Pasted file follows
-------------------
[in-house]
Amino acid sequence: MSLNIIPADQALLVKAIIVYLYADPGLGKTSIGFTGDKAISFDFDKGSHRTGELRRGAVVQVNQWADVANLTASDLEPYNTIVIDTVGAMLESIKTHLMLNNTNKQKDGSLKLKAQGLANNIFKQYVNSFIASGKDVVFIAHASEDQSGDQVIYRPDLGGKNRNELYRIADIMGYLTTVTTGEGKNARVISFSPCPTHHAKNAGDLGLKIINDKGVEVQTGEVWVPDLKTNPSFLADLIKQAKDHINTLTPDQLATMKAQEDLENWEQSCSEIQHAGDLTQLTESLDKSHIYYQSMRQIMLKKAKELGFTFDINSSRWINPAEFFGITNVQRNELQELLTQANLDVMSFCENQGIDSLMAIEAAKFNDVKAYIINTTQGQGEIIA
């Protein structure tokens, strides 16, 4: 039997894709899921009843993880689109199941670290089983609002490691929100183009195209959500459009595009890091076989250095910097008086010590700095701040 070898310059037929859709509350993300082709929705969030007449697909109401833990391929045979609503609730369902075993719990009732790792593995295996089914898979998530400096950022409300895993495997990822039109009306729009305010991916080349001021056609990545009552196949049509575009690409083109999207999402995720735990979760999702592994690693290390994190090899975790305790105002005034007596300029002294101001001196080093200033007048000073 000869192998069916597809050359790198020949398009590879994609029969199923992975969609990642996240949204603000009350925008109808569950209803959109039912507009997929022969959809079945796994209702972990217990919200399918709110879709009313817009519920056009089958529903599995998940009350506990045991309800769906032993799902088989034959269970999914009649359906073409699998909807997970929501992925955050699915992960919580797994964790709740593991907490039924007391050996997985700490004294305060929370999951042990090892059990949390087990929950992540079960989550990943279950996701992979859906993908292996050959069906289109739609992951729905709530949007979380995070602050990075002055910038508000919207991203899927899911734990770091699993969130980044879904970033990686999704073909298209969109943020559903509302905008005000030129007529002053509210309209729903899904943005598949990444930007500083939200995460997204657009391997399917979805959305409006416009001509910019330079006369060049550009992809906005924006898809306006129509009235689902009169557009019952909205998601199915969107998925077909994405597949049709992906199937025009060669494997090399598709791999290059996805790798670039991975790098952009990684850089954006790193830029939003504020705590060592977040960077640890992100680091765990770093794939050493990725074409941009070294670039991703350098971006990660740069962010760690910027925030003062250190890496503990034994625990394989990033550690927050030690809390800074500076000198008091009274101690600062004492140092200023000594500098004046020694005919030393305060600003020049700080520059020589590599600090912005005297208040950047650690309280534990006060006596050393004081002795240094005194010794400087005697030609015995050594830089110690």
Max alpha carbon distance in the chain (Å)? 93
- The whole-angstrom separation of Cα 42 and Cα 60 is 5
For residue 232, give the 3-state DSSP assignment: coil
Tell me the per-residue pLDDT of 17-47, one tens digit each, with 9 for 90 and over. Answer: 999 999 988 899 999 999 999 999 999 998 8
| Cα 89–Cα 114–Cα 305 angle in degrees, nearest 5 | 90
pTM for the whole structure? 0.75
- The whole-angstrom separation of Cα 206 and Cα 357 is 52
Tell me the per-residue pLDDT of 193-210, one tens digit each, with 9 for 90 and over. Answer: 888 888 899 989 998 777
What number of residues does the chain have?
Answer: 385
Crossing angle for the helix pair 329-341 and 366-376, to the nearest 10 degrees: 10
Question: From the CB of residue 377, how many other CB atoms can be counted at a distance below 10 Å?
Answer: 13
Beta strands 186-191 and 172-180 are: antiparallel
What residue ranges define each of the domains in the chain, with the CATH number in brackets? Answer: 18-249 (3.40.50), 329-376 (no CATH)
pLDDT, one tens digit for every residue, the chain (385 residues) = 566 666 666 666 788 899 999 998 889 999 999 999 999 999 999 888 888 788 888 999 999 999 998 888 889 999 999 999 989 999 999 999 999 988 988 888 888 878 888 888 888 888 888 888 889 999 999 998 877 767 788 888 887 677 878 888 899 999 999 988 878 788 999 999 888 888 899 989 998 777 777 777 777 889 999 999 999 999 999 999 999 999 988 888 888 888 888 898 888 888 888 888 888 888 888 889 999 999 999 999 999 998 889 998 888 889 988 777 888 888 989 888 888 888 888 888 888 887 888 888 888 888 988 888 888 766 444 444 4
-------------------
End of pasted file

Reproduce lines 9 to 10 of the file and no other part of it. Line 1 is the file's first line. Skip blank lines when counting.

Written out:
pTM for the whole structure? 0.75
- The whole-angstrom separation of Cα 206 and Cα 357 is 52